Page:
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Opinion editorial in The Hill by Bread for the World Institute Director Asma Lateef about steps the United States must take to prevent a COVID-related global hunger crisis.
"The United States must take immediate steps to support global and national efforts to contain the virus. COVID-19 is especially dangerous for people with immune systems weakened by malnutrition. But even beyond the illness, it is critical to prevent the projected surge in hunger-related illness and death — fueled by factors such as loss of income and livelihoods during quarantines, broken food supply chains, and potential trade disruptions."
Afghanistan would be considered likely to have high rates of hunger because at least two of the major causes of global hunger affect it—armed conflict and fragile governmental institutions.
Malnutrition is responsible for nearly half of all preventable deaths among children under 5. Every year, the world loses hundreds of thousands of young children and babies to hunger-related causes.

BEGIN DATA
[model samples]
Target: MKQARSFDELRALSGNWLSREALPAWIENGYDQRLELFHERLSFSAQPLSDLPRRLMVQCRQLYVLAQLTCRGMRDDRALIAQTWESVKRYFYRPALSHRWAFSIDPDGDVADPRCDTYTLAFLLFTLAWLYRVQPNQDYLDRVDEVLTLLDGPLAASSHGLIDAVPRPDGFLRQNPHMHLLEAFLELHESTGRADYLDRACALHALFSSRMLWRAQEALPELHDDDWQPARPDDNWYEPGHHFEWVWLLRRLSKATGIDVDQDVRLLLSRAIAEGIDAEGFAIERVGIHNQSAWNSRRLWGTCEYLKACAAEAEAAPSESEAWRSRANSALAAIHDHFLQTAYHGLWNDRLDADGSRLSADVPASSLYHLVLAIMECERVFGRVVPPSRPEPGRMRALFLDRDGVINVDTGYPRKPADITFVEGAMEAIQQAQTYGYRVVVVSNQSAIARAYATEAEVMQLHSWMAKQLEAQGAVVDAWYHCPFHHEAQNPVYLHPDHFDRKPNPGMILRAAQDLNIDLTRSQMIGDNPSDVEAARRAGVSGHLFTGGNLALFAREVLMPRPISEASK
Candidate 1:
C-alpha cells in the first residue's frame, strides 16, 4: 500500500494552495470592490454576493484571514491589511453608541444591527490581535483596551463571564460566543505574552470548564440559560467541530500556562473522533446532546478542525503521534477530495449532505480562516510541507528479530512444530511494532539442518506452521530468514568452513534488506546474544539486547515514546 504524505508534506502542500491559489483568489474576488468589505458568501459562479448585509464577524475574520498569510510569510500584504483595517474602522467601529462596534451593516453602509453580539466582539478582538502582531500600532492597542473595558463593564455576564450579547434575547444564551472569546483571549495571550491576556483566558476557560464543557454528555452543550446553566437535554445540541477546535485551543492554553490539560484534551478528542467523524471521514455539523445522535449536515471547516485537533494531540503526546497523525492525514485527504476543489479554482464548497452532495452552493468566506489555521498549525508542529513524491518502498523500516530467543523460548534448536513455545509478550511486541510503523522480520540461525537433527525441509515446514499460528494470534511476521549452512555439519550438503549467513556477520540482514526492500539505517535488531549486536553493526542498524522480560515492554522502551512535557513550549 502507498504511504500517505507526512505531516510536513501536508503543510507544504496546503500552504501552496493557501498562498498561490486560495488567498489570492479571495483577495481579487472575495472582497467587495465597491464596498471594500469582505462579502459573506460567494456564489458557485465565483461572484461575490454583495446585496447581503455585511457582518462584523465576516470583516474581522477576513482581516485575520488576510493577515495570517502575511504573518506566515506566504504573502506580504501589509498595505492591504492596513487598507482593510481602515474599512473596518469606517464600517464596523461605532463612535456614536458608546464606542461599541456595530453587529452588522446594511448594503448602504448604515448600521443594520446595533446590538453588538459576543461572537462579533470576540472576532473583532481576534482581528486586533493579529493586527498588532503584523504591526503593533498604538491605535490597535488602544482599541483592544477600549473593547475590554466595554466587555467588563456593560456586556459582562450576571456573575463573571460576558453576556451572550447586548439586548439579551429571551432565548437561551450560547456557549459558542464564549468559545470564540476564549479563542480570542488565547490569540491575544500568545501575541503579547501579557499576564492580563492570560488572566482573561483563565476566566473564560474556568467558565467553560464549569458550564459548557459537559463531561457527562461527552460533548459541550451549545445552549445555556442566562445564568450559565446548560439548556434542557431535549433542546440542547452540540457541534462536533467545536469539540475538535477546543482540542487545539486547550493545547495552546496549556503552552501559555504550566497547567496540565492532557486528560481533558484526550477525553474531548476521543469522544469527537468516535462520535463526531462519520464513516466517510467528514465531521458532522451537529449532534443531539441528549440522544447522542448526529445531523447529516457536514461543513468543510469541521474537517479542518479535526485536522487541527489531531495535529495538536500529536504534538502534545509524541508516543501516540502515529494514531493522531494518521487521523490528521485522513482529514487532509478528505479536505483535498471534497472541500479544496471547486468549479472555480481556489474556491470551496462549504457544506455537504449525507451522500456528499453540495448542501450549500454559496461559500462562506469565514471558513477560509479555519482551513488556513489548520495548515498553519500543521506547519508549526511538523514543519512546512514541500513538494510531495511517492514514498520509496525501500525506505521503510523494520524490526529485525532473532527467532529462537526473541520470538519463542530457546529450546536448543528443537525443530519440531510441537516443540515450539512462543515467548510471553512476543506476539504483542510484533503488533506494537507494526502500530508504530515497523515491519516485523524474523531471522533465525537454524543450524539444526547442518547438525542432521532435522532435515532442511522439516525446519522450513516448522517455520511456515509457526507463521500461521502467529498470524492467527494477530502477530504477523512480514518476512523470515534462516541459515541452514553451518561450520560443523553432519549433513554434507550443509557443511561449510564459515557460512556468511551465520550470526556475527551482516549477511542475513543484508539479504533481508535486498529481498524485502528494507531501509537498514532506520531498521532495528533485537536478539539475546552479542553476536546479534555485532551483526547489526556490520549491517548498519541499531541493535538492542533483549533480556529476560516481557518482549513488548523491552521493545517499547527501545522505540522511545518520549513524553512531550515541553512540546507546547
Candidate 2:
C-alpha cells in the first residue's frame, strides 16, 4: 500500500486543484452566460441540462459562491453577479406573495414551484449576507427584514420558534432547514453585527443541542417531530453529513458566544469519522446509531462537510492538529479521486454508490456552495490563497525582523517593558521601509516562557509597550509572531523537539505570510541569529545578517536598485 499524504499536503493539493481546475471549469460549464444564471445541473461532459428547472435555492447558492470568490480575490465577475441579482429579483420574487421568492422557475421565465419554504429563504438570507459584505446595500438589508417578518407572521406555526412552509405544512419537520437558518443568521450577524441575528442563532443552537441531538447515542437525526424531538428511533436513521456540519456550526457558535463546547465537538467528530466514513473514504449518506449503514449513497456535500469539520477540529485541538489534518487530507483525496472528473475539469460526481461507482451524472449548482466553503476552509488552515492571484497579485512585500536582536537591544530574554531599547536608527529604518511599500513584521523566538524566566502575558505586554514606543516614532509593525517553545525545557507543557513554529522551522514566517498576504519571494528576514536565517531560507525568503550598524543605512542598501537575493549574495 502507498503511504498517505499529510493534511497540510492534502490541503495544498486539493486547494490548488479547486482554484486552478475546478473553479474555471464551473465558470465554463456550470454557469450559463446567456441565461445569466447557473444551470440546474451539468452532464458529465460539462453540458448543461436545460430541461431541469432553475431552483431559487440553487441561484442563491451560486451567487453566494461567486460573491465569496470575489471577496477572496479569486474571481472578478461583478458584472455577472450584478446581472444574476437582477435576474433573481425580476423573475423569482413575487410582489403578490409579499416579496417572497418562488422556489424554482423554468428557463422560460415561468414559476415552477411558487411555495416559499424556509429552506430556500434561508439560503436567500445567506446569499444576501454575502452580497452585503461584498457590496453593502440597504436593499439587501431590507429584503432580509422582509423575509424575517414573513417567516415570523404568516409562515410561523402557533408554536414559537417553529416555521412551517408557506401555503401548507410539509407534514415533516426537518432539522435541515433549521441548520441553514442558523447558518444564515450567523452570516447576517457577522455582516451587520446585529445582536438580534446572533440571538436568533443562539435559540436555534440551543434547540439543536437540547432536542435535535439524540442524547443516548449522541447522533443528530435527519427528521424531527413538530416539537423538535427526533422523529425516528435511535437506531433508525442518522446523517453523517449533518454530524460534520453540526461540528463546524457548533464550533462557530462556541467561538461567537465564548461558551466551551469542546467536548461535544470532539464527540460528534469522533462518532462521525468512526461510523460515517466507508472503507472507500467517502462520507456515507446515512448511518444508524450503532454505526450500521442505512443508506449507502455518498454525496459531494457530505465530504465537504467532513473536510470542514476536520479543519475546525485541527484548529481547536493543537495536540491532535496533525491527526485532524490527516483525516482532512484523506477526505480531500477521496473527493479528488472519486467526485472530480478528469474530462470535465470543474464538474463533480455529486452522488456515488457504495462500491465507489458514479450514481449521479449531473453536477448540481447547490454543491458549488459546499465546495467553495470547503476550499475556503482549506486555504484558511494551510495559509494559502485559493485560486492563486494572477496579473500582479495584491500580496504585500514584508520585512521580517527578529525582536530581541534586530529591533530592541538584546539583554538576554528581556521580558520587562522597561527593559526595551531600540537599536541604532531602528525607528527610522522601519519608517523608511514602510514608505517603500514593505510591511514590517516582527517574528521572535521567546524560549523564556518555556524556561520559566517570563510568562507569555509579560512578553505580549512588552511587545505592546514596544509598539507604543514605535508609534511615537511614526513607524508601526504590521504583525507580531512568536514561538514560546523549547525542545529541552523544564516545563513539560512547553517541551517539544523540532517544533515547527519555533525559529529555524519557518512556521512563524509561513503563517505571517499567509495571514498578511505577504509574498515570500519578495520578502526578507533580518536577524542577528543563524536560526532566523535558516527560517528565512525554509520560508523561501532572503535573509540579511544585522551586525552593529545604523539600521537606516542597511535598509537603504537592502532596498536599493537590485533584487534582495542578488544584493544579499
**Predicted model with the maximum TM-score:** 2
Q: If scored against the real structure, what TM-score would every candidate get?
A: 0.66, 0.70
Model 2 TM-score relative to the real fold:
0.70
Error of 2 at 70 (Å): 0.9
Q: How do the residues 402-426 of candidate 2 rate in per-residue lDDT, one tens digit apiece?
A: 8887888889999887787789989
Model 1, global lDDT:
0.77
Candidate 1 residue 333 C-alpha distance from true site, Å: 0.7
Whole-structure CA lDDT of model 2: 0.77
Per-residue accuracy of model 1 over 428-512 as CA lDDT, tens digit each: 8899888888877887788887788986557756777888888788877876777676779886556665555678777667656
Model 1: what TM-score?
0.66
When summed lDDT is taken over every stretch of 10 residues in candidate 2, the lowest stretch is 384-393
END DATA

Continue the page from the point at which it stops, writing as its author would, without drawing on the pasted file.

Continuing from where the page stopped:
Bread for the World is calling on the Biden-Harris administration and Congress to build a better 1,000-Days infrastructure in the United States.
“As you therefore have received Christ Jesus the Lord, continue to live your lives in him, rooted and built up in him and established in faith.” These words from Colossians 2:6 remind us of the faith that is active in love for our neighbors.
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The Supplemental Nutrition Assistance Program (SNAP) is designed to respond to changes in need, making it well suited to respond to crises such as the COVID-19 pandemic.
Bread for the World and its partners are asking Congress to provide $200 million for global nutrition.
In 2017, 11.8 percent of households in the U.S.—40 million people—were food-insecure, meaning that they were unsure at some point during the year about how they would provide for their next meal.